Military Wiki
.358 Winchester
Type Rifle
Place of origin USA
Production history
Designer Winchester
Designed 1955
Manufacturer Winchester
Produced 1955
Parent cartridge .308 Winchester
Case type Rimless, bottleneck
Bullet diameter .358 in (9.1 mm)
Neck diameter .388 in (9.9 mm)
Shoulder diameter .454 in (11.5 mm)
Base diameter .470 in (11.9 mm)
Rim diameter .473 in (12.0 mm)
Rim thickness .054 in (1.4 mm)
Case length 2.015 in (51.2 mm)
Overall length 2.780 in (70.6 mm)
Rifling twist 1-12
Primer type Large rifle
Maximum CUP 52,000 CUP
Ballistic performance
Bullet weight/type Velocity Energy
180 gr (12 g) SP 2,700 ft/s (820 m/s) 2,914 ft·lbf (3,951 J)
200 gr (13 g) SP 2,500 ft/s (760 m/s) 2,776 ft·lbf (3,764 J)
250 gr (16 g) SP 2,200 ft/s (670 m/s) 2,687 ft·lbf (3,643 J)
Test barrel length: 24
Source(s): Hornady [1]

The .358 Winchester is a .35 caliber rifle cartridge based on a necked up .308 Winchester created by Winchester in 1955. The cartridge is also known in Europe as the 8.8x51mm.[2]


This cartridge came over 30 years later than the .35 Whelen which is based on the .30-06 Springfield. The relationship in performance between the .358 Win and the .35 Whelen is similar to that between the .308 Win and the .30-06.[1] It created a round more powerful than the .35 Remington and .348 Winchester.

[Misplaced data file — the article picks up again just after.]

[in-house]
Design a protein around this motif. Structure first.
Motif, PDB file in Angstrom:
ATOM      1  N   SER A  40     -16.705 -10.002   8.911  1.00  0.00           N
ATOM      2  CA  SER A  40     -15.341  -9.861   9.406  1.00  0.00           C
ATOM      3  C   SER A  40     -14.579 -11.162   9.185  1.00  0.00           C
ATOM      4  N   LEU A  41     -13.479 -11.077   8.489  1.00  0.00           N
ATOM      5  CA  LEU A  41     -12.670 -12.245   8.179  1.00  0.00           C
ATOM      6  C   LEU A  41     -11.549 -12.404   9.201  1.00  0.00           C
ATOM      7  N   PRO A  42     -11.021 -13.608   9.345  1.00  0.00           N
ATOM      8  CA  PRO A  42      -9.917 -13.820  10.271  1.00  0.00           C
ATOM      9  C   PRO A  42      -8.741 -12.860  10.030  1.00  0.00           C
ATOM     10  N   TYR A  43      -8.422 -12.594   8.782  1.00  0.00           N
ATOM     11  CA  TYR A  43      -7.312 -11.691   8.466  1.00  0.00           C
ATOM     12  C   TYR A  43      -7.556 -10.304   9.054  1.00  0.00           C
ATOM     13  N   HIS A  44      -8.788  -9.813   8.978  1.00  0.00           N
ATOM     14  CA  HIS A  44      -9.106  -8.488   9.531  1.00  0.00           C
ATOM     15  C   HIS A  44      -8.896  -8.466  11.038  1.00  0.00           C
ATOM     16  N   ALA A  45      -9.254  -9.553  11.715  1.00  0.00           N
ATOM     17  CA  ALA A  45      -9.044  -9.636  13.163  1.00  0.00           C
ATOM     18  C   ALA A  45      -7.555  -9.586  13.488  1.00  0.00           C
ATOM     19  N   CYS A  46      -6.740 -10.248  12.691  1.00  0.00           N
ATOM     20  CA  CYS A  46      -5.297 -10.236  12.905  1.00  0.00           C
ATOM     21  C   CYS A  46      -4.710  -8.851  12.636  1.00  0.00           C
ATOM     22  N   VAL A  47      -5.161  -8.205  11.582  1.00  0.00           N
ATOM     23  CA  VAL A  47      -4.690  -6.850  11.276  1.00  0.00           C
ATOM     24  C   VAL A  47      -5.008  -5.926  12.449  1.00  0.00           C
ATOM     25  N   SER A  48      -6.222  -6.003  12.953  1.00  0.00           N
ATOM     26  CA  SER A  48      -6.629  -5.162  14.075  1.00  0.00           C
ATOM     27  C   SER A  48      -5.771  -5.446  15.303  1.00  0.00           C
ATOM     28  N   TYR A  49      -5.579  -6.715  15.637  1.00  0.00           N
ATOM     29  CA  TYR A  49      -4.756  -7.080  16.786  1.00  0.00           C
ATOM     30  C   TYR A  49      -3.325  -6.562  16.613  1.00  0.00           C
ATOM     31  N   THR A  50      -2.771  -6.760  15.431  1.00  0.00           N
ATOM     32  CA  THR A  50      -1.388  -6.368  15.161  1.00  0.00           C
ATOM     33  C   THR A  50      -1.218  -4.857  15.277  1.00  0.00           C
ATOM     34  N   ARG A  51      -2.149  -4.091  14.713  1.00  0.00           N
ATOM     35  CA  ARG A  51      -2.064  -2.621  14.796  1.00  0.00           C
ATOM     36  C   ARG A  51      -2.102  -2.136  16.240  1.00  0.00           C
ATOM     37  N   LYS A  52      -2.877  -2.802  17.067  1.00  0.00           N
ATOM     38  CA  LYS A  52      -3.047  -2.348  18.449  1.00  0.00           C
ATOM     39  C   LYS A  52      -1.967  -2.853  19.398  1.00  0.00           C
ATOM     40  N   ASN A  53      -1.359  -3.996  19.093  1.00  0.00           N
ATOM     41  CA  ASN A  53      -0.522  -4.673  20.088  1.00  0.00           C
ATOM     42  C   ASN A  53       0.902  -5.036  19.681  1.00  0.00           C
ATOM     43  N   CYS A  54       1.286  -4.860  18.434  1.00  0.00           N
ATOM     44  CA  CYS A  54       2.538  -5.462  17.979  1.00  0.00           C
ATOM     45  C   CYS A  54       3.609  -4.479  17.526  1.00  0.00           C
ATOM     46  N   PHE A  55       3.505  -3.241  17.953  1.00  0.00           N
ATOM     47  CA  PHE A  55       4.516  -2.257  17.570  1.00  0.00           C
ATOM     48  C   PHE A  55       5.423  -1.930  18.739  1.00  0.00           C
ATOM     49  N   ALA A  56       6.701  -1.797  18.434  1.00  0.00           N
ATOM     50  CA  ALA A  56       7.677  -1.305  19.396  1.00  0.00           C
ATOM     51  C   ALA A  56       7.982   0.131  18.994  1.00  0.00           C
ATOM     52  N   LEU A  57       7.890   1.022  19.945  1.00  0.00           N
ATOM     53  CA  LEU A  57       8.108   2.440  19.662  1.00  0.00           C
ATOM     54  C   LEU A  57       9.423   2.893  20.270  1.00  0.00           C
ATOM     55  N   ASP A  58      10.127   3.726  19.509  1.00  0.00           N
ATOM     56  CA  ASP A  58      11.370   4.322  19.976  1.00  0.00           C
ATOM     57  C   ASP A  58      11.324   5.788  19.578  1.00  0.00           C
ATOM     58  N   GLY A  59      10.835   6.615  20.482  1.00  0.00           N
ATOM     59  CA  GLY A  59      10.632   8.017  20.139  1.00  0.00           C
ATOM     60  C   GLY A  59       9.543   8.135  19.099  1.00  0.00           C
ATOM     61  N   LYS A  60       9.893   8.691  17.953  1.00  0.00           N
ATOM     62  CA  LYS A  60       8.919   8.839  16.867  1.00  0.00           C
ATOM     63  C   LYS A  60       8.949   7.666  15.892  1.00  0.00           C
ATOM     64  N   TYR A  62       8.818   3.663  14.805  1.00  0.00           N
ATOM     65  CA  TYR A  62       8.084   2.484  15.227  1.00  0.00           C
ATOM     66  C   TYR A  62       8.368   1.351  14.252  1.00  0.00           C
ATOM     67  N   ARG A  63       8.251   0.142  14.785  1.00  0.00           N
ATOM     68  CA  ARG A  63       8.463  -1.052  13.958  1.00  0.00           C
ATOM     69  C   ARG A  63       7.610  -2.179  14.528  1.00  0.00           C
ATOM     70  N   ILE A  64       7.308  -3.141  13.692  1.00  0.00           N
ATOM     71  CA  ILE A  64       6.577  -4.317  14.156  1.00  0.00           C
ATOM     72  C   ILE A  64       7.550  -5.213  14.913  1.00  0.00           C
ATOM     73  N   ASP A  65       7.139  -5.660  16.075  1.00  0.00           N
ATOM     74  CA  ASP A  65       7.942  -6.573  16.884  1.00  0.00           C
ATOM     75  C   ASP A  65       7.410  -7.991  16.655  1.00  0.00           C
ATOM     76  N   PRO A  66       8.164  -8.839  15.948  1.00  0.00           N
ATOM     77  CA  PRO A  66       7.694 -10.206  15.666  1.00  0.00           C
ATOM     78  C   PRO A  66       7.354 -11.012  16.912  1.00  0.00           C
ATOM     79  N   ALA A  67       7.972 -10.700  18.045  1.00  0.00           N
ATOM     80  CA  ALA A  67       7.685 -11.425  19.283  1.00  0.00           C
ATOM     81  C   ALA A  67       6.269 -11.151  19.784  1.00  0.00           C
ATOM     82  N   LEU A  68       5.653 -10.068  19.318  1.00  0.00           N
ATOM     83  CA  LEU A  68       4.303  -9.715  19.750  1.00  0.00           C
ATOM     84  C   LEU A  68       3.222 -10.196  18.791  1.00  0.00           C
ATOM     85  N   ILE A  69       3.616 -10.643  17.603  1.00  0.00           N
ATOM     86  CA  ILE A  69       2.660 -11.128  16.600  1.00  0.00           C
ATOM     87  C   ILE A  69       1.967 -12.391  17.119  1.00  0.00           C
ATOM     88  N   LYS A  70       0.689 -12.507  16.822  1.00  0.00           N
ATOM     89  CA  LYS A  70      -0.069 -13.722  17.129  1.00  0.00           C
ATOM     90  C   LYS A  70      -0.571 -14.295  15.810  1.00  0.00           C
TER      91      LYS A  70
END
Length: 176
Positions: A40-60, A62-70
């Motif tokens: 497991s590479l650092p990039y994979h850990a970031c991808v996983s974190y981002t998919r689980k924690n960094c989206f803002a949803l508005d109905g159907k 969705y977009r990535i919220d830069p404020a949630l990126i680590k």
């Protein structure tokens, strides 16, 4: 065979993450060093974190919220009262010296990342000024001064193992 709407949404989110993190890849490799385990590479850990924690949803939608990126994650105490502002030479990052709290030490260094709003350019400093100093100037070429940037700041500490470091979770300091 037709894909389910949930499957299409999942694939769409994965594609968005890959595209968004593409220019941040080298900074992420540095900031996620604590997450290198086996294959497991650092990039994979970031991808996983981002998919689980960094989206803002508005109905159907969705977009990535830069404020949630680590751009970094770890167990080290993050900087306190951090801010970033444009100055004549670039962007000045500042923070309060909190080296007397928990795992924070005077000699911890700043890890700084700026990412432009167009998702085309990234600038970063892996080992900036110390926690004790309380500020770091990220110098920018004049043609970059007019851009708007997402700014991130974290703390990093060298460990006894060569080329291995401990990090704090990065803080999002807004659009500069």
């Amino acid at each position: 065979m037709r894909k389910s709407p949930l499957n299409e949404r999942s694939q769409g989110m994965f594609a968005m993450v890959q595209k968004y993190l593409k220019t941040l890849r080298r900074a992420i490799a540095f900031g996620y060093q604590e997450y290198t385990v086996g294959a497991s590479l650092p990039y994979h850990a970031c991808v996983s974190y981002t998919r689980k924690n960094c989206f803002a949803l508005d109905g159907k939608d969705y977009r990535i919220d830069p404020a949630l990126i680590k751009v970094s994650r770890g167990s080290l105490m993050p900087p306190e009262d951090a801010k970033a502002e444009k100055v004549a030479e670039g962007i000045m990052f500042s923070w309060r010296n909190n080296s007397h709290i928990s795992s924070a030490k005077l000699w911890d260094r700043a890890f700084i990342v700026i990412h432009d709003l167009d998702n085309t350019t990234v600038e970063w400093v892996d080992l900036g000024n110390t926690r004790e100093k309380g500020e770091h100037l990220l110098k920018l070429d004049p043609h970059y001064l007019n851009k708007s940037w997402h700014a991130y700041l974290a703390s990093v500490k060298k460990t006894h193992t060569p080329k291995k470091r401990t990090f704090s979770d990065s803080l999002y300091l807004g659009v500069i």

Some think that the cartridge is only good as a short-range and woods round, but it is adequate for any North American big game, providing more energy than the .30-06 at close ranges.[2] Another benefit is that this round can be loaded with very light loads for informal shooting using smaller powder charges and bullets designed for the .38 Special and .357 Magnum. If the 250 grain bullet is used, it is reliable against the great bears.

Popularity of this cartridge has dwindled but it is still available from Winchester Repeating Arms Company and Browning Arms Company.[2] Noted web firearms author Chuck Hawks agrees with the Speer reloading manual that 'The .358 Winchester is one of the best woods cartridges ever designed.[3][4]


Winchester currently offers one load for this cartridge; the Winchester Super-X Silvertip. It consists of a 200-grain (13 g) pointed soft point bullet with an advertised muzzle velocity of 2,490 ft/s (760 m/s), and an advertised muzzle energy of 2,753 ft·lbf (3,733 J).[5] Cartridge cases can be formed from .308 cases.[4]

See also


  1. 1.0 1.1 Hornady Handbook of Cartridge Reloading vol I, Sixth Edition; Book by Hornady Mfg Co, 2003 pp539-541
  2. 2.0 2.1 2.2 Cartridges of the World 11th Edition, Book by Frank C. Barnes, Edited by Stan Skinner, Gun Digest Books, 2006, ISBN 0-89689-297-2 p. 83
  3. The .358 Winchester by Chuck Hawks (subscription required)
  4. 4.0 4.1 Speer Reloading Manual Number 13; Book by Speer, Blount, Inc., 1998 p.372

External links

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